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Implications of the Cognitive Sciences for the Philosophy of Science
Ronald N. Giere
PSA: Proceedings of the Biennial Meeting of the Philosophy of Science Association
Vol. 1990, Volume Two: Symposia and Invited Papers (1990), pp. 419-430
Stable URL: http://www.jstor.org/stable/193085
Page Count: 12
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Does recent work in the cognitive sciences have any implications for theories or methods employed within the philosophy of science itself? It does if one takes a naturalistic approach in which understanding the nature of representations or judgments of representational success in science requires reference to the cognitive capacities or activities of individual scientists. Here I comment on recent contributions from three areas of the cognitive sciences represented respectively by Paul Churchland's neurocomputational perspective, Nancy Nersessian's cognitive-historical approach, and Paul Thagard's computational philosophy of science. The main general conclusion is that we need to replace traditional linguistic notions of representation in science.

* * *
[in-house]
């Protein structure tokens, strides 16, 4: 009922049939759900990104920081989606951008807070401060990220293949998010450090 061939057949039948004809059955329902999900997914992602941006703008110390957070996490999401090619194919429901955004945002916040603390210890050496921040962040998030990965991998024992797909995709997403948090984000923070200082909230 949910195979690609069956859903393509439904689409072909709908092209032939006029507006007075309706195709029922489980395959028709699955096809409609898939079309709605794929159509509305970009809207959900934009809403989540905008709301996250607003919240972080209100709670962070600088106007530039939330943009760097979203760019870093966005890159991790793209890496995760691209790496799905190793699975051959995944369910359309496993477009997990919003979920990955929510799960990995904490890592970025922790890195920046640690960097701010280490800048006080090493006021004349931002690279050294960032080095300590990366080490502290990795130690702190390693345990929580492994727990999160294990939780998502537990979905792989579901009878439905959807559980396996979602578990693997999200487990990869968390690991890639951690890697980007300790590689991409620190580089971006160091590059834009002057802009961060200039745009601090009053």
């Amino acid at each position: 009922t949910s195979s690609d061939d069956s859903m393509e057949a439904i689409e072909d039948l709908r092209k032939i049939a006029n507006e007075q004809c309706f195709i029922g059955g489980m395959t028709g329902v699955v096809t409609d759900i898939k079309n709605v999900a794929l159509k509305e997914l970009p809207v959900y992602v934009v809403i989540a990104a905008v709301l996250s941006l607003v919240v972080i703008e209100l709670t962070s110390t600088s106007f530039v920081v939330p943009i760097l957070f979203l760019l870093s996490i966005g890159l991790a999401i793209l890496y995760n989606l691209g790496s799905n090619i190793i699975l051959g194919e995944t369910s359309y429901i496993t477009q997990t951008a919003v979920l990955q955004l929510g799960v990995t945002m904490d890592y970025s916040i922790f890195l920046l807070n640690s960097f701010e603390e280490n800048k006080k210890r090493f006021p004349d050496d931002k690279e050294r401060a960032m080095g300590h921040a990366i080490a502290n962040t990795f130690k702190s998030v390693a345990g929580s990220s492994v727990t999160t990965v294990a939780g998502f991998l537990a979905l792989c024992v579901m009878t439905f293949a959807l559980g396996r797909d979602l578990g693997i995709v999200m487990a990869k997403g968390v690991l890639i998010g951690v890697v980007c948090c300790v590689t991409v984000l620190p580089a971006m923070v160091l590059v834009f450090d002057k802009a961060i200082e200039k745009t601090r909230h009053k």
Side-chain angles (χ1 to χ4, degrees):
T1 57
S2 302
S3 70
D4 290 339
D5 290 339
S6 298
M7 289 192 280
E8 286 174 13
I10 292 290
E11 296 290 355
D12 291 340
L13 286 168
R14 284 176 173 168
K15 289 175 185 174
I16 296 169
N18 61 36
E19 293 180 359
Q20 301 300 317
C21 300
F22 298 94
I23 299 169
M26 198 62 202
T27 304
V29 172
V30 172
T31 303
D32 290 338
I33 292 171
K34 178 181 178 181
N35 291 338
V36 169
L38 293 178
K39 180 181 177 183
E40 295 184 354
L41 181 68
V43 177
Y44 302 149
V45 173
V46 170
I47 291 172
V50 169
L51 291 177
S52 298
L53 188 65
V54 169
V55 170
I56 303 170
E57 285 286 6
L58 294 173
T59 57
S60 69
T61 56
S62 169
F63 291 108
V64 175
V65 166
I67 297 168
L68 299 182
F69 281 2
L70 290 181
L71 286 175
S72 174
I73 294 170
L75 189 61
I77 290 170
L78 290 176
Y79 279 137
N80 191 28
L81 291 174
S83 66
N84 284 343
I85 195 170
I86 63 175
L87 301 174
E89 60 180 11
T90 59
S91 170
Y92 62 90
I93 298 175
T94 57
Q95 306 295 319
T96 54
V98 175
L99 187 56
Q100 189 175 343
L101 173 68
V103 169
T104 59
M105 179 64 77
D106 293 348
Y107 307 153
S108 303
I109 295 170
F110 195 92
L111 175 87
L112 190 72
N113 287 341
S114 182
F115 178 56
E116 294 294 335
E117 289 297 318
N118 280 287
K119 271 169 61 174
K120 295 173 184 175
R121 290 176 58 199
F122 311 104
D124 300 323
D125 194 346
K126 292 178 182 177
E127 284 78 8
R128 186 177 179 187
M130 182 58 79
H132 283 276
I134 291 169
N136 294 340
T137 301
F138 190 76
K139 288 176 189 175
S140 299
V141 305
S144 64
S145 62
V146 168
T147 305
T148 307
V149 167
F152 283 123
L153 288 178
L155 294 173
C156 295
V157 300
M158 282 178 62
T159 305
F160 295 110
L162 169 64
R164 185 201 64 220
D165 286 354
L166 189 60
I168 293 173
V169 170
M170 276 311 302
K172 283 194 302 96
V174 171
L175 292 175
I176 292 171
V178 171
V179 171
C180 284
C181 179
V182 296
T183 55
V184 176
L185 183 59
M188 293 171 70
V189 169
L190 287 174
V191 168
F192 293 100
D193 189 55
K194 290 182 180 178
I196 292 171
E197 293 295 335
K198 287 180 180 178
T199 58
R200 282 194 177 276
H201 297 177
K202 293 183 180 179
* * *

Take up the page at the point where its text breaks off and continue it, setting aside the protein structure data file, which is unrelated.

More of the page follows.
PSA: Proceedings of the Biennial Meeting of the Philosophy of Science Association © 1990 The University of Chicago Press